I met Rob, an actor from New Zealand in Cusco on Christmas Day. He had just spent 8 weeks traveling Mexico and falling in love with it. We bonded, he invited me to New Zealand, and 3 months later he picked me up from Auckland airport.
It was a lot cheaper to fly from Buenos Aires to New Zealand and then fly from there to Vietnam (my next project country), instead of flying directly, so why not get a fun extra trip out of it?
New Zealand’s largest population are sheep, not people. I walked around with Rob the first day around his neighborhood, at a local park, and even visited two volcanoes. In total, I saw way more sheep and cows than I did people.
Day 2 ~
Rob’s parents took me out to lunch at a beautiful “Garden Restaurant”– a lunch place and a plant nursery rolled into one. Apparently, Auckland is full of places like these. If I’m ever presented with the chance, I will totally steal the idea.
Afterwards, we drove West to the coast that glittered with black sand.
Another day, another lunch with the parents. We stopped by a mall, but don’t be fooled, it was unlike any other mall I’d visited. A very different immigrant life thrived. Malaysian, Indian, Pacific Islanders, Maori, Chinese. The aroma of the food, the languages, the faces– it was incredibly vibrant.
For dinner Rob and I went Thai, where I conquered my fear of curry.
I woke up early and rode the train into the city with school children, and later a ferry with bicyclists. I landed in Waiheke and wet my feet as I walked along the beautiful beach.
Fish & Chips and passion fruit ice cream gave me the strength to walk uphill and see Auckland from above…and run into WWII lookout posts!
I accidentally sliced my foot with sharp oyster shells before boarding the ferry back, but it didn’t prevent me from admiring the well-dressed young people in downtown Auckland and finding it amusing that they cross the street to and from all corners at the same time.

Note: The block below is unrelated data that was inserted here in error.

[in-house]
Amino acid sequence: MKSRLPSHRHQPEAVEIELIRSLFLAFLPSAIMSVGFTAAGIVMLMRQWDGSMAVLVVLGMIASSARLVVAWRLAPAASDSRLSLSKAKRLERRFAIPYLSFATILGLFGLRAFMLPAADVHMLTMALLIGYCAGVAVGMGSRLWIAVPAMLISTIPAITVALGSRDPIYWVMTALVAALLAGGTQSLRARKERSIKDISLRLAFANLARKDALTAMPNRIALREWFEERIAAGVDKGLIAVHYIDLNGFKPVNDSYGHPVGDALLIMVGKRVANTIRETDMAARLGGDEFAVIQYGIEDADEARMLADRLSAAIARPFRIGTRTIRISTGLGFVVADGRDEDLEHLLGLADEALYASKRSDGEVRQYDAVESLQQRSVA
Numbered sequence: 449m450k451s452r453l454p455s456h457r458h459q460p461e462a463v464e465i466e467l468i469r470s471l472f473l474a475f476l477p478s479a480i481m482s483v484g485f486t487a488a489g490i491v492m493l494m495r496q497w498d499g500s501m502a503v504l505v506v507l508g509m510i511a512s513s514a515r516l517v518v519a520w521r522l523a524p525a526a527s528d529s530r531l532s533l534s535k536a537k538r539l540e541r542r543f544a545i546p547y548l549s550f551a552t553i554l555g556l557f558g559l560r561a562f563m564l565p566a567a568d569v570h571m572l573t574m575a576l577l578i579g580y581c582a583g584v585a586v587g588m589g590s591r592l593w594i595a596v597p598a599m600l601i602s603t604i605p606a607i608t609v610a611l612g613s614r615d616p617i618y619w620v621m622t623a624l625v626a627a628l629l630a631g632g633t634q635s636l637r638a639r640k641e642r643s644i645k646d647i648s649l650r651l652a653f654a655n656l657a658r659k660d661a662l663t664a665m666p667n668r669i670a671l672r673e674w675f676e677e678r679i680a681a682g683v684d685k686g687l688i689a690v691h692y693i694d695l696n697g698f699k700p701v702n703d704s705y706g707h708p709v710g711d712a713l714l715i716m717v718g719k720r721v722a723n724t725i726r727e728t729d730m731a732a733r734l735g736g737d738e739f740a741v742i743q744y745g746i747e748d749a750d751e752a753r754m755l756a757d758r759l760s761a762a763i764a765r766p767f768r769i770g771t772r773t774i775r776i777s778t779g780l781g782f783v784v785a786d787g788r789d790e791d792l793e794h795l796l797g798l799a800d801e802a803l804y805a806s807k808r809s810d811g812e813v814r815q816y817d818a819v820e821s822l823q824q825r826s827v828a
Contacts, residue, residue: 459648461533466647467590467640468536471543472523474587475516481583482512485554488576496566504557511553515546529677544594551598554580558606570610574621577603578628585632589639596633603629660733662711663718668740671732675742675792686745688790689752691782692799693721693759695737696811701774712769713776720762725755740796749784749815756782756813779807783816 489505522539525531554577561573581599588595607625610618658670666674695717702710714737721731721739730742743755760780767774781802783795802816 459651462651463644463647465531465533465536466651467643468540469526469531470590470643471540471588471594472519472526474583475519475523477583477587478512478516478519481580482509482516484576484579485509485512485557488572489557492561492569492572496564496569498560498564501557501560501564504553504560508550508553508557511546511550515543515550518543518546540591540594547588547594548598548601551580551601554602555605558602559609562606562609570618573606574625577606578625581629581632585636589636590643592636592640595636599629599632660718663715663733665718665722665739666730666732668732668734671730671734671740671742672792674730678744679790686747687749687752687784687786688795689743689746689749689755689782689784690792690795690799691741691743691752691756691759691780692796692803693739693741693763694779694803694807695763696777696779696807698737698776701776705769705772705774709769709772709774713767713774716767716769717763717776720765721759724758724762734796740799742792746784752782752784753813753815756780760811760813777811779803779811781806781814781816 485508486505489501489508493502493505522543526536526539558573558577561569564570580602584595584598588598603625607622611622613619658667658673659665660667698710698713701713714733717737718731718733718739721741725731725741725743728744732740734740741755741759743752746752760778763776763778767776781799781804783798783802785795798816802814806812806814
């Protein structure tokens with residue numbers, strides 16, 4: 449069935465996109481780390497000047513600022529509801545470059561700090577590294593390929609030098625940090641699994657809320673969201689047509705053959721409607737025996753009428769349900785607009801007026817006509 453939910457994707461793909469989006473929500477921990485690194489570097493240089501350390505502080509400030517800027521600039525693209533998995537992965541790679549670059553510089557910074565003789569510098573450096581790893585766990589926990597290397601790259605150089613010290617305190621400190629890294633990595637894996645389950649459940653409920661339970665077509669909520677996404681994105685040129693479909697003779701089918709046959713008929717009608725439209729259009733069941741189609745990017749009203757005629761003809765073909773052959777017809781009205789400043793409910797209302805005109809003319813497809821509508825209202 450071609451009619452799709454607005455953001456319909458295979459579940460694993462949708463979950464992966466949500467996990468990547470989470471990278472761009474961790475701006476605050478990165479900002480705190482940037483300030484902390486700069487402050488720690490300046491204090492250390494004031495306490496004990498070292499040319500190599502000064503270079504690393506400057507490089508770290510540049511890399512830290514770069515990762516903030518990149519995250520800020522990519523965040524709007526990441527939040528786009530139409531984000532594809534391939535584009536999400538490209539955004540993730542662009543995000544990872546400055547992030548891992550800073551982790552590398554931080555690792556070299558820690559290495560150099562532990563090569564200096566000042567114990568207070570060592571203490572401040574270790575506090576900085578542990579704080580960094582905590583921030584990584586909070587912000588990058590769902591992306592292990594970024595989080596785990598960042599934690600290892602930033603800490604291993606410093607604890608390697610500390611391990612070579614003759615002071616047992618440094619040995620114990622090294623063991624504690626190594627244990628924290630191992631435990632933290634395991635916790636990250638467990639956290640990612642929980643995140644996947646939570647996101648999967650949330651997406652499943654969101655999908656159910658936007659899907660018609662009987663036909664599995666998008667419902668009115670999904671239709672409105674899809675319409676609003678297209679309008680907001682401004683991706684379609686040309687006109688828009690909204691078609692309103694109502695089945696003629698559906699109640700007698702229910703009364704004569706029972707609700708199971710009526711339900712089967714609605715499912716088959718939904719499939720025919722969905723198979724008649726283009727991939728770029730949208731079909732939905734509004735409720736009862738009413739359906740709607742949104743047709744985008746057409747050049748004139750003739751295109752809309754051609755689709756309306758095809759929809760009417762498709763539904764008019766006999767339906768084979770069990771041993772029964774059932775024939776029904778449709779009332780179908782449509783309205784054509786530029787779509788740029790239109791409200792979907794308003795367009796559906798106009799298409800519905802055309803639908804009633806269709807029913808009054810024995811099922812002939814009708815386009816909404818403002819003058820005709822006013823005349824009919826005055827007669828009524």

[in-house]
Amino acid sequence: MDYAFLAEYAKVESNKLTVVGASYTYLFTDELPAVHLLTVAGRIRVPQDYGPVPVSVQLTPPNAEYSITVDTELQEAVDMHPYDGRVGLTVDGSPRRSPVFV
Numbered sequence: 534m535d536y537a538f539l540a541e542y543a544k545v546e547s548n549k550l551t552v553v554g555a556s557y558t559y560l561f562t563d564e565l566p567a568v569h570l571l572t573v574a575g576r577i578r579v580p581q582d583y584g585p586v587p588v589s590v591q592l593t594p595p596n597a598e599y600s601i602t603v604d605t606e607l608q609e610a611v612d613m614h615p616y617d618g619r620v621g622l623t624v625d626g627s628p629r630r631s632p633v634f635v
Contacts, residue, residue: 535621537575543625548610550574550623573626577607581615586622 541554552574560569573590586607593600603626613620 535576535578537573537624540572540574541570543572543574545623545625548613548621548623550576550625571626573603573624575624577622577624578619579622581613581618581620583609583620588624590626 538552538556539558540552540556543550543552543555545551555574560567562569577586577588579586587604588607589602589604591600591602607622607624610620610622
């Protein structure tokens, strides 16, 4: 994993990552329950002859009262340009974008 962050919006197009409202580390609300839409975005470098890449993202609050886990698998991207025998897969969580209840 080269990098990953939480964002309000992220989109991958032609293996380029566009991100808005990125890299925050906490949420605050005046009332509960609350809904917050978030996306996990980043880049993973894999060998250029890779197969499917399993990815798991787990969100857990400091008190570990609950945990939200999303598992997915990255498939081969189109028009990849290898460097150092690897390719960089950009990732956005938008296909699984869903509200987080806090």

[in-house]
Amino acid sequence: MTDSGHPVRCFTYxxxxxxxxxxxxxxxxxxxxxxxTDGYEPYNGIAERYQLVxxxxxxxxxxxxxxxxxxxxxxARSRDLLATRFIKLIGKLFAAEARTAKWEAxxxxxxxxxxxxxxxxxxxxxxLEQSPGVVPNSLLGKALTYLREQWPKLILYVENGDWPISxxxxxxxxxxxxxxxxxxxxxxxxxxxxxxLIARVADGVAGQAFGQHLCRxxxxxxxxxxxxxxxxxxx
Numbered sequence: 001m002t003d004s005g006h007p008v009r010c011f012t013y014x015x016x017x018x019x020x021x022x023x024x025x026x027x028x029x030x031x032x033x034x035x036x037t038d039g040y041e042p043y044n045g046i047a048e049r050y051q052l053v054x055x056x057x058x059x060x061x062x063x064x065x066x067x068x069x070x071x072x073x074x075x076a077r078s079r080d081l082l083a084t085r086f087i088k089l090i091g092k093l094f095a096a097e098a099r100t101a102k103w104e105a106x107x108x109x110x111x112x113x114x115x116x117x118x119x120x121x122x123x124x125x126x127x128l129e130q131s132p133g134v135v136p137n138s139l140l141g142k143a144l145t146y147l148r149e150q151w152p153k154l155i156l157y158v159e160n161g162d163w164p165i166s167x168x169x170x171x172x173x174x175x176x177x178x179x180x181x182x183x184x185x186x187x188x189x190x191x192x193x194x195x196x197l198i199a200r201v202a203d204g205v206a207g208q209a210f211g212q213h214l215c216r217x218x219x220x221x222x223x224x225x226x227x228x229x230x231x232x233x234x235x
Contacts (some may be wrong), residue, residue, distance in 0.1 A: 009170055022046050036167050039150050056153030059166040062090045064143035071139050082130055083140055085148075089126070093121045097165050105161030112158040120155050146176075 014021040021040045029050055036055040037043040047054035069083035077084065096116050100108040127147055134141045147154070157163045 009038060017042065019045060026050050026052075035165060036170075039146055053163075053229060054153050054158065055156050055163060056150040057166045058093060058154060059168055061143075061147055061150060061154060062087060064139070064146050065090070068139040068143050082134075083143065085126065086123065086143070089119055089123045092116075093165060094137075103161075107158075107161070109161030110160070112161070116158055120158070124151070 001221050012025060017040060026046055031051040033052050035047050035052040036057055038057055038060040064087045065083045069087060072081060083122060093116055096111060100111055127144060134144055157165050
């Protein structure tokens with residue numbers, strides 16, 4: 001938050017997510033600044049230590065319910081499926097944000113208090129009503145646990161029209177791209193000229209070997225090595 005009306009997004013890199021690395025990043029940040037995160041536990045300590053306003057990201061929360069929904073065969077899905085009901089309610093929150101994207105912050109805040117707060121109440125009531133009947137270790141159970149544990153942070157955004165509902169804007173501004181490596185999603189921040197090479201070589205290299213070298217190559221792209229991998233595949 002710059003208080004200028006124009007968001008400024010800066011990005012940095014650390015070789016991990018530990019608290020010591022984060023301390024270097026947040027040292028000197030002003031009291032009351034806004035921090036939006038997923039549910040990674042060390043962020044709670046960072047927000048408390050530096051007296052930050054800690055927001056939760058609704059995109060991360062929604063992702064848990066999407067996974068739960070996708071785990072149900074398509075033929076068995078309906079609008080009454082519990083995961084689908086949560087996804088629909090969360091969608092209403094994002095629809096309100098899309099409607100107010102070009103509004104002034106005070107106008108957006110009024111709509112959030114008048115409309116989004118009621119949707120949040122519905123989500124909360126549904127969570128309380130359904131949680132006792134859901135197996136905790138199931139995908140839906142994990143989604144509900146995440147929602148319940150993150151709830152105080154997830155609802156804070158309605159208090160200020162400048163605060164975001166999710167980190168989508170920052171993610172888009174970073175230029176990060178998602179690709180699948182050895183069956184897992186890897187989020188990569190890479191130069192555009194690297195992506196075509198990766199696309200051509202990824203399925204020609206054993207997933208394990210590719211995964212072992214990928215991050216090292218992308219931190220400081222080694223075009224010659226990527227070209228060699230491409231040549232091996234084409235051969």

Two of my favorite things: Chai lattes at cozy cafes and grocery shopping. Auckland breaks it down, from the “Fish store” to the “Fruit store,” Feijoa to Hokey Pokey ice cream.
Rob was surprised I had never been inside a cave before. Not sure if it’s as common as he made it sound but it should be because my trip to Nikau cave was one of the most amazing things that has happened to me. I’m talking top 5.
Nikau cave is a Glowworm cave. These are fly larvae with bright green-blue lights who adorn the caves with a sticky thread of the same color. Sounds gross but the experience is nothing but beautiful. The walls of the cave look like a cathedral thanks to thousand year-old stalactites and stalagmites. Add the glowworms, and you have a sky full of stars above you.
The tour was wet and muddy, and for 12 meters involved crawling in a very tight space with cold water up to my waist. At one point, we turned our flashlights off, held hands, and let the owner, Phillip guide us with only his expertise and the light of the glowworms. I will remember it for the rest of my life.
Click here for pictures of inside the cave on the Nikau website.
To close off the perfect day, I celebrated Rob’s uncle’s birthday like a true Kiwi: watching Rugby.
Before my evening flight, I visited the museum with Rob and learned about Maori people and their history. I also enjoyed the company of exotic plants before saying goodbye to Rob and his family.
~ ~ ~
Rob’s parents and close family friends, were beyond kind to me. They shared their home with me, showed me around their city, and fed me delicious home cooked meals. I boarded my flight feeling very lucky. Yes, the Watson has allowed me to visit places I never thought I would be able to visit, like New Zealand, but the best part is that it has let me be the recipient of so much kindness from strangers. I will do my hardest to pass it on from here on out.